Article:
Donnerstag, 23. November 2017, 17:00 - 18:30 iCal

Talk of Dr. M. Bertamini (University of Liverpool)

Composition in pictures and in films, and the special case of images of mirrors

Fakultät für Psychologie, Hörsaal G, 2. Stock (linke Stiege)
Liebigasse 5, 1010 Wien


Spatial composition has a central role in visual art. Various principles of balance have been discussed in the literature, starting with the work of Arnheim. Issues of proportions have also been studied extensively, and they are relevant for image composition (e.g. golden ratio, rule of thirds, eye centering). I will discuss empirical studies on works of art, showing how subtle changes of the image (such as a mirror reversal) affect preference and expressiveness. In one study the reversal was applied not to a static image but to two films by Kurosawa. Issues of composition also affect the choice that people make when taking selfies. This phenomenon allows us to explore composition in large samples of non experts. In a separate line of research I have also explore people's naïve understanding of mirror. Although mirrors are familiar objects in our environment, many simple aspects of mirror reflections are surprising for a large number of children and adults. This difficulty in understanding how mirrors work leads to prediction errors. We can identify two types of errors. The first type relates to questions of what can be seen from where. This issue is linked with the role of the viewpoint in perception and in memory. It is the explanation for the Venus effect. The second type relates to information on the surface of the mirror itself. This issue relate to size constancy, distance perception and the nature of the distal stimulus. The nature of these two types of errors is different, and I will also illustrate both of them with a series of studies and also in relation to some works of art in which mirrors are present. Indeed artists across the centuries have taken advantage of certain aspects of mirror cognition.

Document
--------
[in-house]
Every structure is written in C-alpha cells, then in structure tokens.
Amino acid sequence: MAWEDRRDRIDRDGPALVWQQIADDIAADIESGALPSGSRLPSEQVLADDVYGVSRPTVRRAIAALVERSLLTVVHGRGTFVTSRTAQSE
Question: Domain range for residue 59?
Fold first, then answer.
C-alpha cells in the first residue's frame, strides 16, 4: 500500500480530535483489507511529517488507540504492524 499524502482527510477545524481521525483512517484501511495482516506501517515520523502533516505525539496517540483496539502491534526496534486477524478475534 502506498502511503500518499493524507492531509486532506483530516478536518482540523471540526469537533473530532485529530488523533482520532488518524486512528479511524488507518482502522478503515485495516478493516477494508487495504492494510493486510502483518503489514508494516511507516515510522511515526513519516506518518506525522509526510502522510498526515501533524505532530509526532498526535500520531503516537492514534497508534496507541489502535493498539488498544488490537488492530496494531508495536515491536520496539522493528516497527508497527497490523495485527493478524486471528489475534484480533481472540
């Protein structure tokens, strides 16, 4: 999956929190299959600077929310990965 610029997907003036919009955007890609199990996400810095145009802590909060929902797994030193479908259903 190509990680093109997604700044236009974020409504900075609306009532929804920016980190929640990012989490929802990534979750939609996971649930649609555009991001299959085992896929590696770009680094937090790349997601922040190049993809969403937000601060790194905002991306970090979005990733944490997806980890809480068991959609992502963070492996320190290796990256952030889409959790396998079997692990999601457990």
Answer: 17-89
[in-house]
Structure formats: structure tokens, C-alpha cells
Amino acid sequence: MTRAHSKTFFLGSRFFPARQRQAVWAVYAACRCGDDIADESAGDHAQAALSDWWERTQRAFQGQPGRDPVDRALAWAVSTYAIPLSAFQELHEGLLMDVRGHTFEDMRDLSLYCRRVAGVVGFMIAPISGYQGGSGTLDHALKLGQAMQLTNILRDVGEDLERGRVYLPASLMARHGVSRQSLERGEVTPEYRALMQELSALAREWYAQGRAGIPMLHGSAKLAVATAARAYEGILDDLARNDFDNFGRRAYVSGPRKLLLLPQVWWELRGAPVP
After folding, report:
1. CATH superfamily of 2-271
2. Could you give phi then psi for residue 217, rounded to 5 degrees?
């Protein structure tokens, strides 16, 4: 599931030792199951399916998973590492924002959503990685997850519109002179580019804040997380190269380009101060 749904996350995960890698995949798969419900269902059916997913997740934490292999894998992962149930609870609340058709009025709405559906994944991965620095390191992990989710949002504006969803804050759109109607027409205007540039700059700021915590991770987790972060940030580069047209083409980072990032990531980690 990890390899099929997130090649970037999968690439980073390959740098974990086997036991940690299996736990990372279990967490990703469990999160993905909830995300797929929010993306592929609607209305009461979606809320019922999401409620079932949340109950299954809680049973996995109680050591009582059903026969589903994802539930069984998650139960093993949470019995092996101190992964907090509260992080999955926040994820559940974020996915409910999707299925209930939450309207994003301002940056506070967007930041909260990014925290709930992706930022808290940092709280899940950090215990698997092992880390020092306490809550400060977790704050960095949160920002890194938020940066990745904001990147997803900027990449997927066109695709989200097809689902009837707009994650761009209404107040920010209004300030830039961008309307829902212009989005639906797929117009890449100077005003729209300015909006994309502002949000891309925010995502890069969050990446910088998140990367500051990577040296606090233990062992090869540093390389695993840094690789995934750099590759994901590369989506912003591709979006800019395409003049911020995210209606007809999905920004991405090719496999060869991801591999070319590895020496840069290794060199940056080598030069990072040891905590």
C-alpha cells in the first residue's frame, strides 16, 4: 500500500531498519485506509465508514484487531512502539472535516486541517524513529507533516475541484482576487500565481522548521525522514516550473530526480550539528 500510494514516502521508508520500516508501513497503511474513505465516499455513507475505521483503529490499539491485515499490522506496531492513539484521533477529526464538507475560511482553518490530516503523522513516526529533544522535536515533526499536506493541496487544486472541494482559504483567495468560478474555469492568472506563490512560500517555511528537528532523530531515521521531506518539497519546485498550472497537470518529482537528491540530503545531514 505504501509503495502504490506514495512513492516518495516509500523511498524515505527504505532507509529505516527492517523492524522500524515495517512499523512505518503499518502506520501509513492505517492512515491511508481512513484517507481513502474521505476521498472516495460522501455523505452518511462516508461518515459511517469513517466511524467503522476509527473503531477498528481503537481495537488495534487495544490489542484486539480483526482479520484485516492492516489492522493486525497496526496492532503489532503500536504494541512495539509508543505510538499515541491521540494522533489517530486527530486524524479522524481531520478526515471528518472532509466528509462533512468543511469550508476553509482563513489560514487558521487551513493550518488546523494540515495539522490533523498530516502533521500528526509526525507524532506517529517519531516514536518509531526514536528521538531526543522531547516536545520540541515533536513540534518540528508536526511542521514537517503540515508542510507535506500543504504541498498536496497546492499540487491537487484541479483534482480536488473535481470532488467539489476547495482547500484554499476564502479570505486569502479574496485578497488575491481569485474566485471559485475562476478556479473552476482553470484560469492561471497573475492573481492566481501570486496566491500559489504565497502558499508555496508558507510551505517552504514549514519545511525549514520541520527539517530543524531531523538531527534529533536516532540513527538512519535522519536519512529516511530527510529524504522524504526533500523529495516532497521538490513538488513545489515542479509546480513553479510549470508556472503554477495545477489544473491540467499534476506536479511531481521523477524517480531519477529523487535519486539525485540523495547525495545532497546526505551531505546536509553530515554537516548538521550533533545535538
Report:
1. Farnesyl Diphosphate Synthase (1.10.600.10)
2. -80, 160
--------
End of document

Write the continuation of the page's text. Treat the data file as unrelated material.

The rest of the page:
Bennett, K.M. Latto, R.M. Bertamini, M. Bianchi, I. & Minshull, S. (2010). Does Left-Right Orientation Matter in the Perceived Expressiveness of Pictures? A study of Bewick's animals (1753-1828).

Bertamini, M. Bennett, K.M. & Bode, C. (2011). The anterior bias in visual art: The case of images of animals. Laterality, 16, 673-689.

Bertamini, M. Bode, C., & Bruno, N. (2011). The effect of left-right reversal on film: Watching Kurosawa reversed. i-Perception, 2, 528-540.

Bertamini, M., & Parks, T.E. (2005). On what people know about images on mirrors. Cognition. 98, 85-104.

Bode, C. Bertamini, M. & Helmy, M. (2016). Left-right position in moving images: An analysis of face orientation, face position, and movement direction in eight action films. Art & Perception, 4, 241-263.

Bruno, N., & Bertamini, M. (2013). Self-Portraits: Smartphones Reveal a Side Bias in Non-Artists PLoS ONE, 8(2): e55141

Bruno, N., Bode, C. & Bertamini, M. (2016). Composition in portraits: selfies and wefies reveal similar biases in untrained modern youths and ancient masters. Laterality, 22(3), 279-293.

Croucher, C.J., Bertamini, M., & Hecht, H. (2002). Naive optics: Understanding the geometry of mirror reflections. Journal of Experimental Psychology: Human Perception and Performance, 28, 546-562.


Institut für Psychologische Grundlagenforschung und Forschungsmethoden/EVA Lab


Abla Marie-José Bedi
Institut für Psycholgogische Grundlagenforschung und Forschungsmethoden